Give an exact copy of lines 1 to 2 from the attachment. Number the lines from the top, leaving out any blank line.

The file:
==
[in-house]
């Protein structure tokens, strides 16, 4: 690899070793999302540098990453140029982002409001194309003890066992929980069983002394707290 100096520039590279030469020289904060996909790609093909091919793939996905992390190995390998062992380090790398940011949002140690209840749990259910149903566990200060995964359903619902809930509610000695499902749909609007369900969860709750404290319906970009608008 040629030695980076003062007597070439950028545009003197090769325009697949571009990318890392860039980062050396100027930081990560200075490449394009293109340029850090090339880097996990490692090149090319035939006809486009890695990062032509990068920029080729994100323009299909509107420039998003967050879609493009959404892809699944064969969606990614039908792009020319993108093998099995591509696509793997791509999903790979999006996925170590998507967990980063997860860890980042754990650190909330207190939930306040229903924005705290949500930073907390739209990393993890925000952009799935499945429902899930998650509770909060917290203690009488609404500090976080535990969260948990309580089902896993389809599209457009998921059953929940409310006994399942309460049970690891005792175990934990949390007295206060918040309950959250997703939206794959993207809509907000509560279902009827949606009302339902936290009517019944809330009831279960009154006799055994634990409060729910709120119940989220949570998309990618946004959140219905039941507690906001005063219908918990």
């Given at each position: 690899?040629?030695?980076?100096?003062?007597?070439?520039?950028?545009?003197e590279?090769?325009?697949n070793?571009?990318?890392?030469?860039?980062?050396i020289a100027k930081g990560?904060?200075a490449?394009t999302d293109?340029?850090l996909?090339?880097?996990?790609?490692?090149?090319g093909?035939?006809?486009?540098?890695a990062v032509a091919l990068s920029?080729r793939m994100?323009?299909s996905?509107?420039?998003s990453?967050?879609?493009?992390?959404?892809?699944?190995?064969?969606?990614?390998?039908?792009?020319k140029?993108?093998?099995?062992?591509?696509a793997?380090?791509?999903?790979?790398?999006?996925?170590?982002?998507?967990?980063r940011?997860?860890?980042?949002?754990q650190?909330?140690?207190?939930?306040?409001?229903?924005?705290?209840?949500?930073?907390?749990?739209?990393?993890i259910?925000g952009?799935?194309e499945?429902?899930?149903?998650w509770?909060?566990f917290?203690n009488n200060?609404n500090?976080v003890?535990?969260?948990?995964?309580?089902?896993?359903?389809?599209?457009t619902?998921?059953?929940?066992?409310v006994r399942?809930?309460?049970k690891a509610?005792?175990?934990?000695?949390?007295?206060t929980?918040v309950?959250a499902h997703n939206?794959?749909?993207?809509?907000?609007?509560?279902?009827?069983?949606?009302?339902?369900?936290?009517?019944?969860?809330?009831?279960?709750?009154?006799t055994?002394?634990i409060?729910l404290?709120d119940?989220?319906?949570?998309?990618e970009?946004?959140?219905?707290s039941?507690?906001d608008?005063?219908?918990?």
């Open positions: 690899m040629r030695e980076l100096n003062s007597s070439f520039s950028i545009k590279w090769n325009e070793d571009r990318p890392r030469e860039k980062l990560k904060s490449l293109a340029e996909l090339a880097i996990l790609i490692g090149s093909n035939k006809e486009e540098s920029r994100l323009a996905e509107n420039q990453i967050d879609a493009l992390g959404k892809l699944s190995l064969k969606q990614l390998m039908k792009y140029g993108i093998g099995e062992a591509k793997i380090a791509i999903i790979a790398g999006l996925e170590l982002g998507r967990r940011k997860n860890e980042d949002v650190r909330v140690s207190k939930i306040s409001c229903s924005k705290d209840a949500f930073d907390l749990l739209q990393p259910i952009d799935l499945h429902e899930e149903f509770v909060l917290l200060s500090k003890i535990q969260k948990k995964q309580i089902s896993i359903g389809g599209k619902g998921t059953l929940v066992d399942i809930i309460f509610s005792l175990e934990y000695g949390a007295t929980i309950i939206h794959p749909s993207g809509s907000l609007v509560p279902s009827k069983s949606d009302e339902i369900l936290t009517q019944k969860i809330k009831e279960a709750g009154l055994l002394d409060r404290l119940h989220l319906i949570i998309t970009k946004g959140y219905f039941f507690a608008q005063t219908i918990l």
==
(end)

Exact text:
[in-house]
């Protein structure tokens, strides 16, 4: 690899070793999302540098990453140029982002409001194309003890066992929980069983002394707290 100096520039590279030469020289904060996909790609093909091919793939996905992390190995390998062992380090790398940011949002140690209840749990259910149903566990200060995964359903619902809930509610000695499902749909609007369900969860709750404290319906970009608008 040629030695980076003062007597070439950028545009003197090769325009697949571009990318890392860039980062050396100027930081990560200075490449394009293109340029850090090339880097996990490692090149090319035939006809486009890695990062032509990068920029080729994100323009299909509107420039998003967050879609493009959404892809699944064969969606990614039908792009020319993108093998099995591509696509793997791509999903790979999006996925170590998507967990980063997860860890980042754990650190909330207190939930306040229903924005705290949500930073907390739209990393993890925000952009799935499945429902899930998650509770909060917290203690009488609404500090976080535990969260948990309580089902896993389809599209457009998921059953929940409310006994399942309460049970690891005792175990934990949390007295206060918040309950959250997703939206794959993207809509907000509560279902009827949606009302339902936290009517019944809330009831279960009154006799055994634990409060729910709120119940989220949570998309990618946004959140219905039941507690906001005063219908918990």